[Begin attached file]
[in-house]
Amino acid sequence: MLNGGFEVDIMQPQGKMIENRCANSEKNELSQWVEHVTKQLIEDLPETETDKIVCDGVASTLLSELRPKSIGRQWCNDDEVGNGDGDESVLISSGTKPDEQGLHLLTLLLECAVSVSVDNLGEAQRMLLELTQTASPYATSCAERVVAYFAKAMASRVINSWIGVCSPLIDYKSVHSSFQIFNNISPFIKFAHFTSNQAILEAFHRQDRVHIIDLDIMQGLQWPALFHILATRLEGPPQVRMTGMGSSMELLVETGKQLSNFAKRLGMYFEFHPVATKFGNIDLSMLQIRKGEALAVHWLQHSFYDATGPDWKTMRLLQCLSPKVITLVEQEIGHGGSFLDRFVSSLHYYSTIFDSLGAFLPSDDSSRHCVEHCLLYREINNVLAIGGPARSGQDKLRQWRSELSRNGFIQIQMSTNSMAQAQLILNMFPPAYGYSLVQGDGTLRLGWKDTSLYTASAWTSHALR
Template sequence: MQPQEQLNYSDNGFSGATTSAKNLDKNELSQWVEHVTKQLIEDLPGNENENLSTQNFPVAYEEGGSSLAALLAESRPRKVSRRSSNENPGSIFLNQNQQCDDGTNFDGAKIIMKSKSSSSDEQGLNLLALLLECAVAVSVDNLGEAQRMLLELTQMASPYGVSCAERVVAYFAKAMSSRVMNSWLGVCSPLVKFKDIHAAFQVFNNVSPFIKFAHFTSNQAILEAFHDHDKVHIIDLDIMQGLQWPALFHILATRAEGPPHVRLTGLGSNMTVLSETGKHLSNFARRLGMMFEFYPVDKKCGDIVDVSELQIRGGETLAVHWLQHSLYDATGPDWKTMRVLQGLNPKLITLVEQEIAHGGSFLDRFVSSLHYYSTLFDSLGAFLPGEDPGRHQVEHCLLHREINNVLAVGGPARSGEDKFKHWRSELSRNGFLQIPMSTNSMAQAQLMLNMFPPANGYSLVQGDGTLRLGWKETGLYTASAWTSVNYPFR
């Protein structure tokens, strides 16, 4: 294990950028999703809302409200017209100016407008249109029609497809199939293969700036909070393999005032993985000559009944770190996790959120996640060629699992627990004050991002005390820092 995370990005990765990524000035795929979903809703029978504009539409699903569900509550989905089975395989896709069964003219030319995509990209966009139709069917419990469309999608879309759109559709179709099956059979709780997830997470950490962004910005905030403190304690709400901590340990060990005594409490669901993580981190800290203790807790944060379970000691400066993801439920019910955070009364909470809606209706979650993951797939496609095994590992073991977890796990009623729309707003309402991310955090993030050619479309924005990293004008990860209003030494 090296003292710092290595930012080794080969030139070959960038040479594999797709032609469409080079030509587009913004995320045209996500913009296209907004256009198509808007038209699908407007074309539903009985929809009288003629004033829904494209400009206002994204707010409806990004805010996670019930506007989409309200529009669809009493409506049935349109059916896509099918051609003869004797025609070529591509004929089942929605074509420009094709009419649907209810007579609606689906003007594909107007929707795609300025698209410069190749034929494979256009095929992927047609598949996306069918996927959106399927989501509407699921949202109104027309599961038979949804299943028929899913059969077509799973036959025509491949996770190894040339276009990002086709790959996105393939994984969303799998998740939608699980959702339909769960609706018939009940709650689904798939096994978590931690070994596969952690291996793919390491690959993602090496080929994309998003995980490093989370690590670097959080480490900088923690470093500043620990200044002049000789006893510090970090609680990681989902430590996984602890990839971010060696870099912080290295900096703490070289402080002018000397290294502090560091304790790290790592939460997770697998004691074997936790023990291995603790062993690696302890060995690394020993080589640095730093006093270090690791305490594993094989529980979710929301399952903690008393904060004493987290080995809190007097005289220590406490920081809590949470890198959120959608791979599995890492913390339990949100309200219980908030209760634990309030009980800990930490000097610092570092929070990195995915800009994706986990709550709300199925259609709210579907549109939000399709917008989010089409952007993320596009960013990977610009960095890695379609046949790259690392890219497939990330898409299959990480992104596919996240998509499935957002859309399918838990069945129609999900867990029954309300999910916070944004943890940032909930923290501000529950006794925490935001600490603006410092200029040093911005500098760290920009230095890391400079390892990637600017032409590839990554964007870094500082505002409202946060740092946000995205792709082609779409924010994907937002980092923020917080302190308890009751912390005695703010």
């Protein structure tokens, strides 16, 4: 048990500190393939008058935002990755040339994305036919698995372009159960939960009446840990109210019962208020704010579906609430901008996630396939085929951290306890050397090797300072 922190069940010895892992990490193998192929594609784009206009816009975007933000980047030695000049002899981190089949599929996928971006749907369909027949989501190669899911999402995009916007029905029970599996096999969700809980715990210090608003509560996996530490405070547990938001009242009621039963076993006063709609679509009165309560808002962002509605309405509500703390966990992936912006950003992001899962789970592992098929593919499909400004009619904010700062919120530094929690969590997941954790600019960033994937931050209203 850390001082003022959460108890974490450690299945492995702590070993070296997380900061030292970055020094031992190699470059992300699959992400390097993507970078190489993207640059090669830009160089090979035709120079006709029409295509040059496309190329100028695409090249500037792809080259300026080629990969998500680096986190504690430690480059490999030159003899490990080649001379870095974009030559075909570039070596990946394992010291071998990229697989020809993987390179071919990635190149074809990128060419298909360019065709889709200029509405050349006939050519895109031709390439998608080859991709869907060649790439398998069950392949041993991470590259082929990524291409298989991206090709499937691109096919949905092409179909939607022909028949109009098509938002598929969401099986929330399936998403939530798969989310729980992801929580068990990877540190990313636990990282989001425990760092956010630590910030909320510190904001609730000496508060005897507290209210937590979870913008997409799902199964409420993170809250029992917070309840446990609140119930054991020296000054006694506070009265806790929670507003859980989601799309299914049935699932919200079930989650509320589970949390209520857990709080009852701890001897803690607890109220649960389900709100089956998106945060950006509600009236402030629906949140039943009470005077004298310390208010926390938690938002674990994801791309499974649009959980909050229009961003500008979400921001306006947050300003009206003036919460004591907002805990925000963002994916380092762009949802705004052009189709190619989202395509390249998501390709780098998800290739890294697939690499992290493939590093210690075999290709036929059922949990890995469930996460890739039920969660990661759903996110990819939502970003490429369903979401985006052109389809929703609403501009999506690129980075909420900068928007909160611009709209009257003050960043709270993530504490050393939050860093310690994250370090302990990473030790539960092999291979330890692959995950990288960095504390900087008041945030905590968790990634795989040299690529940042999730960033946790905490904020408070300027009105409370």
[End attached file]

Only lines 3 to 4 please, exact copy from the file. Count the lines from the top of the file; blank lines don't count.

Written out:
Template sequence: MQPQEQLNYSDNGFSGATTSAKNLDKNELSQWVEHVTKQLIEDLPGNENENLSTQNFPVAYEEGGSSLAALLAESRPRKVSRRSSNENPGSIFLNQNQQCDDGTNFDGAKIIMKSKSSSSDEQGLNLLALLLECAVAVSVDNLGEAQRMLLELTQMASPYGVSCAERVVAYFAKAMSSRVMNSWLGVCSPLVKFKDIHAAFQVFNNVSPFIKFAHFTSNQAILEAFHDHDKVHIIDLDIMQGLQWPALFHILATRAEGPPHVRLTGLGSNMTVLSETGKHLSNFARRLGMMFEFYPVDKKCGDIVDVSELQIRGGETLAVHWLQHSLYDATGPDWKTMRVLQGLNPKLITLVEQEIAHGGSFLDRFVSSLHYYSTLFDSLGAFLPGEDPGRHQVEHCLLHREINNVLAVGGPARSGEDKFKHWRSELSRNGFLQIPMSTNSMAQAQLMLNMFPPANGYSLVQGDGTLRLGWKETGLYTASAWTSVNYPFR
């Protein structure tokens, strides 16, 4: 294990950028999703809302409200017209100016407008249109029609497809199939293969700036909070393999005032993985000559009944770190996790959120996640060629699992627990004050991002005390820092 995370990005990765990524000035795929979903809703029978504009539409699903569900509550989905089975395989896709069964003219030319995509990209966009139709069917419990469309999608879309759109559709179709099956059979709780997830997470950490962004910005905030403190304690709400901590340990060990005594409490669901993580981190800290203790807790944060379970000691400066993801439920019910955070009364909470809606209706979650993951797939496609095994590992073991977890796990009623729309707003309402991310955090993030050619479309924005990293004008990860209003030494 090296003292710092290595930012080794080969030139070959960038040479594999797709032609469409080079030509587009913004995320045209996500913009296209907004256009198509808007038209699908407007074309539903009985929809009288003629004033829904494209400009206002994204707010409806990004805010996670019930506007989409309200529009669809009493409506049935349109059916896509099918051609003869004797025609070529591509004929089942929605074509420009094709009419649907209810007579609606689906003007594909107007929707795609300025698209410069190749034929494979256009095929992927047609598949996306069918996927959106399927989501509407699921949202109104027309599961038979949804299943028929899913059969077509799973036959025509491949996770190894040339276009990002086709790959996105393939994984969303799998998740939608699980959702339909769960609706018939009940709650689904798939096994978590931690070994596969952690291996793919390491690959993602090496080929994309998003995980490093989370690590670097959080480490900088923690470093500043620990200044002049000789006893510090970090609680990681989902430590996984602890990839971010060696870099912080290295900096703490070289402080002018000397290294502090560091304790790290790592939460997770697998004691074997936790023990291995603790062993690696302890060995690394020993080589640095730093006093270090690791305490594993094989529980979710929301399952903690008393904060004493987290080995809190007097005289220590406490920081809590949470890198959120959608791979599995890492913390339990949100309200219980908030209760634990309030009980800990930490000097610092570092929070990195995915800009994706986990709550709300199925259609709210579907549109939000399709917008989010089409952007993320596009960013990977610009960095890695379609046949790259690392890219497939990330898409299959990480992104596919996240998509499935957002859309399918838990069945129609999900867990029954309300999910916070944004943890940032909930923290501000529950006794925490935001600490603006410092200029040093911005500098760290920009230095890391400079390892990637600017032409590839990554964007870094500082505002409202946060740092946000995205792709082609779409924010994907937002980092923020917080302190308890009751912390005695703010």